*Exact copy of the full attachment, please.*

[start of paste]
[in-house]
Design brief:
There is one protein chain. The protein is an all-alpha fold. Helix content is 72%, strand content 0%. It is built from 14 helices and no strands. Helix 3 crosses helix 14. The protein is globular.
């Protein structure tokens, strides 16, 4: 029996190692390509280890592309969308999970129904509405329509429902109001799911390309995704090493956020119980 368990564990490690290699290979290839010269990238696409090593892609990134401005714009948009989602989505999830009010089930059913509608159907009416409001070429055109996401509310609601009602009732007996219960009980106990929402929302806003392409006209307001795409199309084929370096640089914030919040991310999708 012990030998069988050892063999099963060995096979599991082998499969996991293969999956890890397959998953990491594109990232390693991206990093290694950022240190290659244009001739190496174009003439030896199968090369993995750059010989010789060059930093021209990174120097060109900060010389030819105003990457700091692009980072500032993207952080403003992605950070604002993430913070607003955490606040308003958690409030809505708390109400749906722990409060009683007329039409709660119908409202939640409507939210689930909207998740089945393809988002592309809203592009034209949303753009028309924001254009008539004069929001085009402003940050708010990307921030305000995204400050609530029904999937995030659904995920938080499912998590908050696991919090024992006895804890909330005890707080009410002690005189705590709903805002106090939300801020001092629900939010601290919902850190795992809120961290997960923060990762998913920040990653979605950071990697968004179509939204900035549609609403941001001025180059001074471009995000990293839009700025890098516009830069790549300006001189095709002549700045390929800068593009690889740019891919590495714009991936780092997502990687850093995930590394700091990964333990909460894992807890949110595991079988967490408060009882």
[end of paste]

[in-house]
Design brief:
There is one protein chain. The protein is an all-alpha fold. Helix content is 72%, strand content 0%. It is built from 14 helices and no strands. Helix 3 crosses helix 14. The protein is globular.
């Protein structure tokens, strides 16, 4: 029996190692390509280890592309969308999970129904509405329509429902109001799911390309995704090493956020119980 368990564990490690290699290979290839010269990238696409090593892609990134401005714009948009989602989505999830009010089930059913509608159907009416409001070429055109996401509310609601009602009732007996219960009980106990929402929302806003392409006209307001795409199309084929370096640089914030919040991310999708 012990030998069988050892063999099963060995096979599991082998499969996991293969999956890890397959998953990491594109990232390693991206990093290694950022240190290659244009001739190496174009003439030896199968090369993995750059010989010789060059930093021209990174120097060109900060010389030819105003990457700091692009980072500032993207952080403003992605950070604002993430913070607003955490606040308003958690409030809505708390109400749906722990409060009683007329039409709660119908409202939640409507939210689930909207998740089945393809988002592309809203592009034209949303753009028309924001254009008539004069929001085009402003940050708010990307921030305000995204400050609530029904999937995030659904995920938080499912998590908050696991919090024992006895804890909330005890707080009410002690005189705590709903805002106090939300801020001092629900939010601290919902850190795992809120961290997960923060990762998913920040990653979605950071990697968004179509939204900035549609609403941001001025180059001074471009995000990293839009700025890098516009830069790549300006001189095709002549700045390929800068593009690889740019891919590495714009991936780092997502990687850093995930590394700091990964333990909460894992807890949110595991079988967490408060009882």